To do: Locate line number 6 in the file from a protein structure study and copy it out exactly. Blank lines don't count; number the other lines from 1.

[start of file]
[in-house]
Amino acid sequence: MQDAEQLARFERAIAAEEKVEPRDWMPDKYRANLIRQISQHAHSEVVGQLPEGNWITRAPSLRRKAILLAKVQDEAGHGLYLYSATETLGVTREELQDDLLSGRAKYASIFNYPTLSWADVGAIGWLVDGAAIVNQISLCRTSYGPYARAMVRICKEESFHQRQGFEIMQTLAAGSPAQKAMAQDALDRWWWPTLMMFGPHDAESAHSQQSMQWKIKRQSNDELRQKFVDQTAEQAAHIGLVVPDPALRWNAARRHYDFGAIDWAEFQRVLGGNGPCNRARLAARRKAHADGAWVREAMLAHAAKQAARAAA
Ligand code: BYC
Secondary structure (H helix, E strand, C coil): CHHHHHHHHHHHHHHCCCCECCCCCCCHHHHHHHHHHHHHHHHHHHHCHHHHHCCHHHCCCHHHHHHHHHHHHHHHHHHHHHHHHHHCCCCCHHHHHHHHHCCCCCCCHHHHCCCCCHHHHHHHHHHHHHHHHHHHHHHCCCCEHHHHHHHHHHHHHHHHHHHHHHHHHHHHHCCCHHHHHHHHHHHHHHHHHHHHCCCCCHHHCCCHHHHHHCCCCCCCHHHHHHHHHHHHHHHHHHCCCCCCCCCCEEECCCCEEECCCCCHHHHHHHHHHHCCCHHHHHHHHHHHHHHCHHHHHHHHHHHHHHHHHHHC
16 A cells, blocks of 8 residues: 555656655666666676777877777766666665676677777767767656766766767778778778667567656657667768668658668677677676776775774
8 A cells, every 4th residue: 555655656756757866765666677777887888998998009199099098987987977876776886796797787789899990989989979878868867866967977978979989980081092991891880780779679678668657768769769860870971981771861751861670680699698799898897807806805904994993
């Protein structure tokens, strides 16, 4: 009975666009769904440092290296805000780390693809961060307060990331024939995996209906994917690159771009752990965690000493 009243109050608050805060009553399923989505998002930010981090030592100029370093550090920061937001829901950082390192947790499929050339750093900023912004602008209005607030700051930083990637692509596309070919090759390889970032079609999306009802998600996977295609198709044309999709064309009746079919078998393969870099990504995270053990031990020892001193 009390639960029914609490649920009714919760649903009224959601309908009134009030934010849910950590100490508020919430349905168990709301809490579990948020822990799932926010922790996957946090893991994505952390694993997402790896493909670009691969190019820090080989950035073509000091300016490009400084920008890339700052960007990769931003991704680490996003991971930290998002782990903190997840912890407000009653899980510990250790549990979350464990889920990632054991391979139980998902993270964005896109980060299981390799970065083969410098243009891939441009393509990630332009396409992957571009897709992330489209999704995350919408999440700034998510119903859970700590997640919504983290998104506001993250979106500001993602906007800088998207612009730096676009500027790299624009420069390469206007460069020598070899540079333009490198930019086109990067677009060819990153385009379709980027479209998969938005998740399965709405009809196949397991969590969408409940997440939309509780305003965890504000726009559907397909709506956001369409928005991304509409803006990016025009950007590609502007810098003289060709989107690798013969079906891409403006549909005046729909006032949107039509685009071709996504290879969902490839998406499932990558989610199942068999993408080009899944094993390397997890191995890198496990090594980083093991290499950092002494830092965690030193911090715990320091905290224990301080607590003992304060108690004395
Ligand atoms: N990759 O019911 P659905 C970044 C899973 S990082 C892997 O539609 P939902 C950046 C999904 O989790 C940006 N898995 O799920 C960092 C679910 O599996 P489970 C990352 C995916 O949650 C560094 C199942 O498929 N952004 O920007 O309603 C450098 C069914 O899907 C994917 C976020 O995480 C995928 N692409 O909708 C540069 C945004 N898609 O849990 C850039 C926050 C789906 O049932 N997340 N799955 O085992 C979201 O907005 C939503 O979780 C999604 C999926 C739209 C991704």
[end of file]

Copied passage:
8 A cells, every 4th residue: 555655656756757866765666677777887888998998009199099098987987977876776886796797787789899990989989979878868867866967977978979989980081092991891880780779679678668657768769769860870971981771861751861670680699698799898897807806805904994993